The “konbini life” is a slippery slope.
You know, when your existence basically depends on what you buy at a konbini, the common term for the ever-present Japanese convenience stores lingering on every corner. According to an April Reuters wire service article, Japan had 54,000 of these chain stores nationwide — with nearly 20,000 of those being 7-Elevens.
The konbini life starts with your innocent casual encounters. You need an iced coffee and a snack? The konbini’s got you. Worked late and looking for a quick meal? No problem, the konbini is there for you. Suddenly, one day you wake up, put on your 7-Eleven skin-care products (yes, those exist), pour yourself some Family Mart orange juice, cook up some Lawson’s eggs, and when on your way to work — oh, why not? — grab a Mini-Stop coffee and something for lunch.
Whether you’re in full-fledged konbini dependency or just a light user, Japan-dwellers always seem to have an allegiance for a certain brand.
Like unwrapping an onigiri, fast and easy, you’re living the konbini life. Though we have warned against the dangers of this lifestyle for both your wallet and belly — the term is actually gaining popularity. Last year, there was even a choose-your-own-adventure-type visual novel called KonbiniLife that popped up.
Whether you’ve decended into full-fledged konbini dependency or just a light user, Japan-dwellers always seem to have an allegiance to a certain brand. We offered a list of our Top 5 convenience stores in Japan a few years ago, but it’s time to revisit our stance.
We took a quick poll of where our staff stands on this issue and the results were, well, impassioned. Comments escalated from, “Whatever happened to ‘Am/Pm?’” (bought out by Family Mart in 2009) to “Daily Yamazaki and Mini-Stop are the worst!”
So enough with the small talk — here are our five favorite convenience stores in 2017 (in descending order).
5. Mini-Stop: Sweet, sweet relief
Mini-Stop was a controversial one, but ultimately, its place in the top five is due to its superb ice cream selection. We recommend the Belgian chocolate. In general, the soft-serve ice cream here is a game-changer as is its selection of various limited-time sweets (Please bring back those caramel parfaits!).
Perhaps because it’s not quite as popular as our top 3, it seems like most stores have more space to chill and eat or read a magazine before you go about your business (or pleasure).
4. Seico Mart: The underdog
You might be saying, “Wait, what?” Seico Mart might not be on your radar, but here’s why it should be. It’s basically the ojii-san (grandpa) of the konbini as its the oldest brand in Japan. Many of its products are cooked fresh on site. For example, its “Hot Chef” (ooh, la la) line includes a croissant made from ingredients imported from France and baked on premises.
The reason you may not have heard of this one is that it’s only located in select prefectures, with the closest one to Tokyo city being in Saitama.
3. Lawson: Triple threat
Lawson fell short of our top 2 because many just don’t seem to have strong feelings about it one way or the other. It is still a powerhouse for some of its select foods and products.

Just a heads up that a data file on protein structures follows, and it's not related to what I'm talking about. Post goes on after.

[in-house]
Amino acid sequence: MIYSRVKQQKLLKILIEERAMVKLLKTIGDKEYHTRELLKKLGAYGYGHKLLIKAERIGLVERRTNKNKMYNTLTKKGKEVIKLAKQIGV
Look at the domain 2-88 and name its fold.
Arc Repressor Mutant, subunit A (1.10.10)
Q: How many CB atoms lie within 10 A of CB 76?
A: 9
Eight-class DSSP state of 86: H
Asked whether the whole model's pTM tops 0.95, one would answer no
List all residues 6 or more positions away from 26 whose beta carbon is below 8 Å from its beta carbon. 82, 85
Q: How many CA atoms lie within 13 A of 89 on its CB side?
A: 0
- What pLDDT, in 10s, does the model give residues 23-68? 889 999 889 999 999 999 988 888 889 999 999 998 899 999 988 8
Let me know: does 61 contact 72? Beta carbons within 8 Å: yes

They have some unique choices for chicken. The yakitori (grilled chicken skewers) are bigger and juicier than even the finest grocery store skewers. Its “Karaage-kun” deep-fried chicken nuggets are a perennial crowd pleaser — especially when the limited edition varieties, like yuzu or mentaiko (fish roe), hit the heat racks.
Another plus is its “Machi-cafe” selection of coffee, snacks and sweets — specifically (for our group, anyway) the banana muffins and matcha cookies. Surprisingly (or not), its sister Lawson 100 and Natural Lawson shops are a great place to look for fresh produce.
2. FamilyMart: Always the bridesmaid, never the bride
FamilyMart — or FamiMa, as the cool kids call it — is great for baked goods and sweets. Beyond the Family Mart bread and cookies, it carries a weird brand of biscuit-and-chocolate hybrid called “Every Burger.” By eating it, you can get just as many calories as a cheeseburger by instead eating a plethora of cute cheese-burger-shaped sandwich cookies. Oh… Japan.
Family Mart is also good for those yen-savers out there, with its convenient point card, the T-Point Card. And, the fact that some Japanese banks don’t charge a service fee if you grab cash from one of its ATMs. Yeah, we know Lawson and 7-Eleven also have point cards, but does anyone really use those?
1. 7-Eleven: Old Faithful
7 makes some solid stuff across the board with its “Premium” and “Gold” products. These osozai (prepared food) products range from baked goods to soups to onigiri (best tuna-mayo ones, hands down!) to hot reheatable meals. And, it’s all good in our book.
The Seven Caffe, with easy-to-use machines that quickly dispense richly robust, fresh-brewed morning coffee for ¥100-¥150 apiece, is another strong point for caffeine addicts. If you’re in need of a quick bite, we’re quite fond of 7’s egg salad sandwich and its mango ice cream.
Last — perhaps more importantly for expats — it’s a convenient place for those needing to withdraw cash. Its bank machines (and 7-i Bank) accept all the big cards including ones issued overseas.
Do you agree with this list? What do you think is the best Japanese convenience store and why?